Anyway, I don't remember all the details of the July 4th 1991 concert, other than it was sunny and hot, and we were very excited to be there. (It was a good summer for concerts: nearly two weeks earlier, on my 21st birthday, I had inadvertently seen Smashing Pumpkins at the Cabaret Metro: 'inadvertently' since we'd never heard of them but went in order to see the opening band, Big Hat.)
As I recall, I was in Grant Park that day with at least one other member of the band I was in at the time.
The Replacements were one of the groups we covered (we did a passable version of 'Left of the Dial') and they were on heavy rotation in the group house we shared for a year. Few other groups have the ability to instantly transport me back to those days.
Paul Westerberg, in a 1996 interview, was asked about the Grant Park concert:
Q: Was the July 4, 1991 show planned to be the final one?
A: "Tommy and I knew it was the last performance of the group. We wanted it to be absolute magic and it wasn't. It was a little tired and it was kinda sad. [...] It's tough when you know something's done. We purposely didn't make a big announcement to everyone. The beauty of that Replacements show is we ended up playing 'Hootenanny' and gave the instruments to our roadies one at a time. We left the way we started: anonymous.''
Q: Have you considered releasing it, since it was broadcast live on WXRT? Was that the reason you broadcast it - since you knew it was the last show?
A: "No, WXRT, they run the thing. They do that. Actually, it was filmed too. I have no idea who's got that footage. Somebody has that footage somewhere.''
(Yes. And where is that footage? The handing over of the instruments to the roadies during the last song, by the way, is the reason for the unofficial name of the recording.)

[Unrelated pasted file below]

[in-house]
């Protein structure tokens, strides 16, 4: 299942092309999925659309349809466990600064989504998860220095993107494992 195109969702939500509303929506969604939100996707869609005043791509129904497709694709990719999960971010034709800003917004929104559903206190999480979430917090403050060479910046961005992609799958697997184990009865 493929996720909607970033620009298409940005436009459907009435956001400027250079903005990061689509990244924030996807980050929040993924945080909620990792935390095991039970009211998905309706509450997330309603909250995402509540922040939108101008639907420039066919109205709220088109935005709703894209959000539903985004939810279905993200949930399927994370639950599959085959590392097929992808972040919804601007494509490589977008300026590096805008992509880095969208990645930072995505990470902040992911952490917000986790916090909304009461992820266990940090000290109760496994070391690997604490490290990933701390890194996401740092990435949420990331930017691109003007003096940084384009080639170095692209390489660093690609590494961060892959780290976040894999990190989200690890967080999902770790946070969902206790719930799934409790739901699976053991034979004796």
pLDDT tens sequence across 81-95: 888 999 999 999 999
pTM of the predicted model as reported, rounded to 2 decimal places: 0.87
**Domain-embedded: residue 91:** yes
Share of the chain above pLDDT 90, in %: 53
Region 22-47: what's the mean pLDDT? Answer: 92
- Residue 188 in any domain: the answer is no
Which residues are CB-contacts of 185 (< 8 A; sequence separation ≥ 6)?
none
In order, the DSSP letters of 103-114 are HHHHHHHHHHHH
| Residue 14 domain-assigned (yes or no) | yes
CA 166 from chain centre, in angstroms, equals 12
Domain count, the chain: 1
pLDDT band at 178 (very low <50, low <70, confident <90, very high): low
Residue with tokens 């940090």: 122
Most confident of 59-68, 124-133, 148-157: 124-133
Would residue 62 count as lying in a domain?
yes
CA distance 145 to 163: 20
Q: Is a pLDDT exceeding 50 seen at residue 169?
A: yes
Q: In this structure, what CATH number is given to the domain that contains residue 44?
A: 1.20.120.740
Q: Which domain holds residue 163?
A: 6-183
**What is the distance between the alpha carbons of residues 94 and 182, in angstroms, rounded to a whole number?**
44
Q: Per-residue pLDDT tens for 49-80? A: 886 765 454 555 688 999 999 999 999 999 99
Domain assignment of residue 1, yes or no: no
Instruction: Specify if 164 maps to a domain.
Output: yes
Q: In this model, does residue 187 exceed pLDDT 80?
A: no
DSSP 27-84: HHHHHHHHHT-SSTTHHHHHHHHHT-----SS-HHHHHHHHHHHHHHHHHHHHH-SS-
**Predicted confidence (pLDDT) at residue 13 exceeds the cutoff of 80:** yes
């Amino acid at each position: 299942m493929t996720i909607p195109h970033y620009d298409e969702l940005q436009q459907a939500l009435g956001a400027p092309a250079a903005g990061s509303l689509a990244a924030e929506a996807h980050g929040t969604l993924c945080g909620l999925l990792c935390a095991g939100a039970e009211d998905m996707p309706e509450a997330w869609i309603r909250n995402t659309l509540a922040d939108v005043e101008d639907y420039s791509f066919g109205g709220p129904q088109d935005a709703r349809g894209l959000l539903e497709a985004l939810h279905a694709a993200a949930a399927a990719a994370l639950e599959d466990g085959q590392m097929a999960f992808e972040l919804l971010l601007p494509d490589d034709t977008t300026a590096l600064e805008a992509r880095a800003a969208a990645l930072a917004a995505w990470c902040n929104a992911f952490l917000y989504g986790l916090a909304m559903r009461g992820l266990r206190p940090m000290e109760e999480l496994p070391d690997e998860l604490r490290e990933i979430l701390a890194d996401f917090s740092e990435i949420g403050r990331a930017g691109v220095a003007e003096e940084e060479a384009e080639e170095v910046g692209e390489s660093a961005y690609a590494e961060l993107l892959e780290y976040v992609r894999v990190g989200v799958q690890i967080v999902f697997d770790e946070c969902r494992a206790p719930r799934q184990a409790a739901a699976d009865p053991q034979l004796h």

Despite Westerberg's modesty, I think it was a great show, as demonstrated by the recording. But it does seem obvious that he was frustrated at the time. There's a moment (right before they play 'Someone Take the Wheel') when he says 'Now you can see why we're hangin' it up' which should have made it plain to anyone that this was the end.
But I don't recall now when we found out that they had actually broken up. There was no Web in those days. I suppose it was probably via MTV or maybe in the next couple of days via XRT.
I've found a transcript of the commentary between the DJs after the show, which, as Jefito notes, makes sort of a fitting epitaph for the group:
DJ One: I believe the Replacements have left the stage and what a wild conclusion it was! But is it the conclusion?
DJ Two: Well, we sure don’t know, only the Replacements know for sure.
DJ One: The crowd is still hungry out there.
DJ Two: They are nowhere to be found. They’re not on the side stage area either. I think they’re gone.
DJ One: I think that’s it. They’re so unpredictable, though. Are they gonna come back?
DJ Two: Or they’re gonna break up? Maybe they’ll break up and then they’ll get back together and then they’ll come back.
DJ One: I believe they’re not going to be back.